Women demonstrators at Tahrir Square in Cairo, Egypt during the protests that brought down Hosni Mubarak. Now they, and other minoroty groups, want a better deal.
Women demonstrators at Tahrir Square in Cairo, Egypt during the protests that brought down Hosni Mubarak. Now they, and other minoroty groups, want a better deal.

Egypt's excluded minorities push for a better deal



CAIRO // As the new Egypt takes shape, activists are voicing concerns about who will be included in the power structure and who will be left out.

Groups traditionally lacking influence in Egyptian politics include women and the shrinking number of Christians, who make up only 10 per cent of the population.

But the disenfranchised also include Nubians, Bedouins, Berbers, the Dom and Beja peoples, and rural communities far from urban hubs of power. Coptics, Egypt's largest Christian group, as well as Bahais and other non-Muslim groups are also now seeking to have more say in how the country is run.

Last week the Egyptian Coalition for Civic Education and Women's Participation, made up of more than 100 non-governmental organisations, denounced initial amendments proposed to Egypt's constitution, saying the planned changes exclude women candidates from presidential elections.

That came after criticism, including from the US government, on the make-up of the committee that drafted the reforms. The panel did not include a woman or a Copt.

Analysts attributed the exclusion to the temporary rule of the Higher Military Council, but said it was worrying. Soha Abdelaty, deputy director of the Egyptian Initiative for Personal Rights, said: "While we understand this is an interim arrangement, the process of transition is as important as the results,"

"We want transparent and representative decisions so that all groups in all areas of Egypt feel they are part of the country," Ms Abdelaty said.

Only eight of 454 seats in parliament were held by women in 2010 before a quota was put in place for elections in November to guarantee 64 seats.

Discriminatory social attitudes towards women, Christians and other minorities have been fostered through the media, education and government pronouncements.

For women, that plays out in sexual harassment, lack of job opportunities, family pressure about choice of a marriage partner, and other economic and social concerns.

And positions in media and public office as well as access to education have often been hard for females to attain in Egypt.

Yousuf Sidhum, the editor of the weekly Coptic newspaper Al Watani, said: "School books are a good example of how discrimination is fostered. Many of the books promote ideas that Islam is the only religion and these attitudes carry through into society."

Iman Bibars, the head of the Association for the Development and Enhancement of Women, said: "Women have for too long not been fairly heard. That runs from too few women in the workplace to reduced chances of going to school for girls compared to boys."

Similarly, Copts have long complained of discrimination in the law and that the government plays a role in stoking religious tensions.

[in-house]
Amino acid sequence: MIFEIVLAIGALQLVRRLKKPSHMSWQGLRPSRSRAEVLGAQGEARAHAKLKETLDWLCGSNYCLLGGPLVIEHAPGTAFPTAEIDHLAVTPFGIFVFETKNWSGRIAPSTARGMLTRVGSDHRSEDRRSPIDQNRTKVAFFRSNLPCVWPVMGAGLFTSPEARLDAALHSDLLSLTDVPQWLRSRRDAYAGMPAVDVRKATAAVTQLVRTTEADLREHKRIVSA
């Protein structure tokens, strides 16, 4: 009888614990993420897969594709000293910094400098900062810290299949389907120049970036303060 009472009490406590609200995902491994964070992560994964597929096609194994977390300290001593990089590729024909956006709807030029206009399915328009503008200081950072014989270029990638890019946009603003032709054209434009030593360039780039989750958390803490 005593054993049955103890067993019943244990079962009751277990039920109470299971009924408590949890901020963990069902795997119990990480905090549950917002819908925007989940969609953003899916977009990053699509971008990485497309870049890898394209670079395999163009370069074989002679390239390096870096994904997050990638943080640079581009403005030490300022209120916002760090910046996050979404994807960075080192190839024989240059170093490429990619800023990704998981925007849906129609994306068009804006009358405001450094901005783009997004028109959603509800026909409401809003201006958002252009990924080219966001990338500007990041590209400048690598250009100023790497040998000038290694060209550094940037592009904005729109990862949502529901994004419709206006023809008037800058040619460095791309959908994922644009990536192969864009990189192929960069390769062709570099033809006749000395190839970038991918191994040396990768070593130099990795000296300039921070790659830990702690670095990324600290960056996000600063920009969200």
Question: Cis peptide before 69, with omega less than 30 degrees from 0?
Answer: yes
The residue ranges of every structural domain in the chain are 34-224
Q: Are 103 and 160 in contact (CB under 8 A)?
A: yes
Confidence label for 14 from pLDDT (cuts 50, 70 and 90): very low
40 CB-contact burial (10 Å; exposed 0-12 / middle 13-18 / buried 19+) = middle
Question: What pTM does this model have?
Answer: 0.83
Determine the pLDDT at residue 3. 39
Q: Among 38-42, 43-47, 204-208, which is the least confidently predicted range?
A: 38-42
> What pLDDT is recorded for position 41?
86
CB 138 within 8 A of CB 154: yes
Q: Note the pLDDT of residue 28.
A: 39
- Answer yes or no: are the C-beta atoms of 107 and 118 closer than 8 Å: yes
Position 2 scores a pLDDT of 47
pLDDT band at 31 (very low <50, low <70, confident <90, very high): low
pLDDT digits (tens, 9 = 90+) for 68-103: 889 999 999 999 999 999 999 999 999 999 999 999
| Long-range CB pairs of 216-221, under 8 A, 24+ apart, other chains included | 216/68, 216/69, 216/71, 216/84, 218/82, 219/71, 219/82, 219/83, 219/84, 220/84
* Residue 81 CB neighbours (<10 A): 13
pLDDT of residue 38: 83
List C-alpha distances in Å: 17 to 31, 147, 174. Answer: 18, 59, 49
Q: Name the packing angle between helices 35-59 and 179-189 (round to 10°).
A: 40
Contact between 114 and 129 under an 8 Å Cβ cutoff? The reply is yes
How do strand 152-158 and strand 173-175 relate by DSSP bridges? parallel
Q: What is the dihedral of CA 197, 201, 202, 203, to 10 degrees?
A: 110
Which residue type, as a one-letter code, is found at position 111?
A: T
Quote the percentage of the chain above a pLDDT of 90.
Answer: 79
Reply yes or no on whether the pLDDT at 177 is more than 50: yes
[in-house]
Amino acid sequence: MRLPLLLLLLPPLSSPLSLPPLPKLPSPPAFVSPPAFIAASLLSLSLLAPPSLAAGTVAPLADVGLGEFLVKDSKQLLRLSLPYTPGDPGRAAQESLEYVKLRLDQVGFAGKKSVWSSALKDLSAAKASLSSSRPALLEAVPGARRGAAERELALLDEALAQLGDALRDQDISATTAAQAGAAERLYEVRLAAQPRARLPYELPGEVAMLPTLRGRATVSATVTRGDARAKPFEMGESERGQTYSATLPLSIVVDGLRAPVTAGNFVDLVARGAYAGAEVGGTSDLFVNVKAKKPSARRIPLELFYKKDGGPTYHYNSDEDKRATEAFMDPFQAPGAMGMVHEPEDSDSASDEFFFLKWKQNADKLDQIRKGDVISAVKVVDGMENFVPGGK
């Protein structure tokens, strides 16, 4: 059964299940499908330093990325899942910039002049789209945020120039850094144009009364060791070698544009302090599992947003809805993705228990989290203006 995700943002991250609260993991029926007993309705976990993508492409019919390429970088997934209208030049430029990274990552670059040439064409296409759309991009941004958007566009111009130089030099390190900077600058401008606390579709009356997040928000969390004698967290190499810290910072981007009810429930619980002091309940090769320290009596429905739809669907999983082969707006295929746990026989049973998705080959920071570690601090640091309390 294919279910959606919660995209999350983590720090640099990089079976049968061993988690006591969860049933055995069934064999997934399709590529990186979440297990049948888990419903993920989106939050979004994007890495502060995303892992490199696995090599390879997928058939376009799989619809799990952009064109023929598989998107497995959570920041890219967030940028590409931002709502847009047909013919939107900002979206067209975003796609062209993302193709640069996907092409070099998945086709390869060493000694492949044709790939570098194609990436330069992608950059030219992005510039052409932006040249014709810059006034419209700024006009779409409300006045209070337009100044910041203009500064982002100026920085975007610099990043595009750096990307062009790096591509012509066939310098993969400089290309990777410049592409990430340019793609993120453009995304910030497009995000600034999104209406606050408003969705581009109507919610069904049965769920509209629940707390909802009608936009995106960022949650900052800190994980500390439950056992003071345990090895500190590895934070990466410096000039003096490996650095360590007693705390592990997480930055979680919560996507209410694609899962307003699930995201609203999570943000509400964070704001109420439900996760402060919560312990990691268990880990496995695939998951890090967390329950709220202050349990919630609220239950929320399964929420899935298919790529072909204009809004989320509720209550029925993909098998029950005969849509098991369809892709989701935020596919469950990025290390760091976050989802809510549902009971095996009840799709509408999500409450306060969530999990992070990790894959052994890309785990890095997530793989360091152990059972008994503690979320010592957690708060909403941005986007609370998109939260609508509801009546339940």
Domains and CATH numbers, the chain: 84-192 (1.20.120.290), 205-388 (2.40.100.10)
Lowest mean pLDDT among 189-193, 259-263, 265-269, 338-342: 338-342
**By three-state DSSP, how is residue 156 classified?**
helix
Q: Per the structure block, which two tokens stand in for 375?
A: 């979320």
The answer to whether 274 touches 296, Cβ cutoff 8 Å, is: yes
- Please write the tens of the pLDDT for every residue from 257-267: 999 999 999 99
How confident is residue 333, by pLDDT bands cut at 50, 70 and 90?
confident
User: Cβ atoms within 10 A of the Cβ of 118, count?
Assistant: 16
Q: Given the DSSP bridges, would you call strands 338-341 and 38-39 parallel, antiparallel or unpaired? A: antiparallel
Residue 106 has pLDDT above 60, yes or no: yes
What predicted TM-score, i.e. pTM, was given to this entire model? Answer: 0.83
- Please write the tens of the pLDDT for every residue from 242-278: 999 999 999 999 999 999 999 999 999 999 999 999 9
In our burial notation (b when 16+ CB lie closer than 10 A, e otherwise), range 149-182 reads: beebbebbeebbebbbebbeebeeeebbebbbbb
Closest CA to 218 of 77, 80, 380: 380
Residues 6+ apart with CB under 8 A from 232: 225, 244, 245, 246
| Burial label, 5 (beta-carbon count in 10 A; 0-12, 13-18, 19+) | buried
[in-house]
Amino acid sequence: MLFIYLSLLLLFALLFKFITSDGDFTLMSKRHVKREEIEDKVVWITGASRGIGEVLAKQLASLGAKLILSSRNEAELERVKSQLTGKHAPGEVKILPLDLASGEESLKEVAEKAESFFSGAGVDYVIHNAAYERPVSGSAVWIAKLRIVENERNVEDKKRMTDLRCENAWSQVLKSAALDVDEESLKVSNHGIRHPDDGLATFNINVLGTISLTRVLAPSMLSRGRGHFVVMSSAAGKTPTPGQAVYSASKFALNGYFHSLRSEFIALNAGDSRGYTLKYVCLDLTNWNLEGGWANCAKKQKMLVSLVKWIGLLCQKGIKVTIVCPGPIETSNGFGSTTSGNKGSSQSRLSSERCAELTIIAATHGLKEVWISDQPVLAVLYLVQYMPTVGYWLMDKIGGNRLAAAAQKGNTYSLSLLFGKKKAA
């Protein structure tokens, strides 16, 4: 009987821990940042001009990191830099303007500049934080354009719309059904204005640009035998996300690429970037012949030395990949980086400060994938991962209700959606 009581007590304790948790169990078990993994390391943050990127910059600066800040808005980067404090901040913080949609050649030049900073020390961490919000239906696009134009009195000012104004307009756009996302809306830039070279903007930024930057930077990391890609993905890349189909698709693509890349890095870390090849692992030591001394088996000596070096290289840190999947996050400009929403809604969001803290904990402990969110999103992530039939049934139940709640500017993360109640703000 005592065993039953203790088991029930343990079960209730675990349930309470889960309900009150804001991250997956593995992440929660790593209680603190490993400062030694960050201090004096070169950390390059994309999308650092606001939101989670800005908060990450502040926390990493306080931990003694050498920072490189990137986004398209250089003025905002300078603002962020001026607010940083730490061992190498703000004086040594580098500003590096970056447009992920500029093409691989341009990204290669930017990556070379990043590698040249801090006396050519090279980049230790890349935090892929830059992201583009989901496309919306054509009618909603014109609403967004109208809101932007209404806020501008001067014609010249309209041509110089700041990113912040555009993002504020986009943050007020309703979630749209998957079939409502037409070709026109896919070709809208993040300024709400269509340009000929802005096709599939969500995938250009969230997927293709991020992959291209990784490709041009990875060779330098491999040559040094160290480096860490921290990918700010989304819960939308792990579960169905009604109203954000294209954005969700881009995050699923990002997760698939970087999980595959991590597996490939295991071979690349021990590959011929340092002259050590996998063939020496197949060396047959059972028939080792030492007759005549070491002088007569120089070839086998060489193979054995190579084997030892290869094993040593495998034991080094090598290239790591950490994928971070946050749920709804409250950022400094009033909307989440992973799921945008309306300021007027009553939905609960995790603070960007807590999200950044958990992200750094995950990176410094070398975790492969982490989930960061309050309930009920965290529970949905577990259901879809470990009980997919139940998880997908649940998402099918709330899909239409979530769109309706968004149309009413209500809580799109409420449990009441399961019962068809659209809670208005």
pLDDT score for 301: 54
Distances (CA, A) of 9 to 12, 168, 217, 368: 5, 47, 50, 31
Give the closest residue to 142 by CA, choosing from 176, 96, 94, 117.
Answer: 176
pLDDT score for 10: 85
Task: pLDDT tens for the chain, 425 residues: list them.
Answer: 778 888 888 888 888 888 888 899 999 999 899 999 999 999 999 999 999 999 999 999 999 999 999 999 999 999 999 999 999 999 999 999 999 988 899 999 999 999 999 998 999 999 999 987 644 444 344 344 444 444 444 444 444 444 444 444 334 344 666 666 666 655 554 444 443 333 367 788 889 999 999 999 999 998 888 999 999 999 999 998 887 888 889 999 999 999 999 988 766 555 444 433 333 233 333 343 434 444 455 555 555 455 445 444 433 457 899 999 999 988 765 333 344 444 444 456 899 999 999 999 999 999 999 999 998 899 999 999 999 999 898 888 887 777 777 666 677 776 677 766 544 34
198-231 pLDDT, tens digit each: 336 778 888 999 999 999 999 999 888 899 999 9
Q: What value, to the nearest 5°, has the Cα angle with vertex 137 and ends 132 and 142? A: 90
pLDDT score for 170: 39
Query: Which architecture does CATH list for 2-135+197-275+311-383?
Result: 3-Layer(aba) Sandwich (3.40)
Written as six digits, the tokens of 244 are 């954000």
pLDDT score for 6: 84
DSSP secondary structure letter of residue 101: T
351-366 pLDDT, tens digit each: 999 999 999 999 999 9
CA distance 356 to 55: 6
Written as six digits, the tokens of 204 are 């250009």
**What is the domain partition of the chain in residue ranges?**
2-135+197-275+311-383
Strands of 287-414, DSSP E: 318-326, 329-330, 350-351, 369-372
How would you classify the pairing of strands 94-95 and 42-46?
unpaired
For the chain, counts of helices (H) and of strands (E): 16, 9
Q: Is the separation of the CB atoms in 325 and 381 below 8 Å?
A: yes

Mr Sidhum said: "The biggest grievances for the community have been Article 2 of the constitution which provides for an influence of Sharia law, and the difficult process of getting permission to build and maintain a place of worship. This is harder not just for Copts, but other minority religious groups too."

It was not until 2009 that the law was changed to allow Bahais to identify themselves as Bahais on identity documents; previously they had been obliged to choose either Muslim or Christian. Those who refused to do so were denied local services.

Youth groups, which were crucial to the success of the protests, have also voiced their concerns about having a voice, in a series of meetings with the Higher Military Council.

"One of the huge successes of the revolution has been youth getting their voice heard," Ms Abdelaty said. "We now need to organise all groups to do the same."

Of course, gaining political office will be crucial to empowerment for women and minorities. Ms Bibars said her organisation was seeking young women to train and support to run for parliament and local elections.

"There are hundreds of young women who showed during the revolution that they can represent us, but we need to make sure we don't miss out to those with money or political savvy," she said.

For Copts gaining political power may mean organising outside of churches. The Coptic church has lost clout because of its cosy relationship with the regime of former president Hosni Mubarak. This was exacerbated by the church's criticism of protests at the start of the demonstrations which ultimately toppled the president.

"There is a distinct movement to keep the church as a spiritual place but go and integrate into politics," Mr Sidhum said. "We want to form mixed parties as opposed to Coptic parties. This would truly be transforming the revolutionary spirit into action."

Activists say their actions will be key to the future of the country.

"We need to be patient to see what happens," Ms Bibars said. "But we also need to remember that no one will include us unless we push for it. We learnt that in Tahrir."

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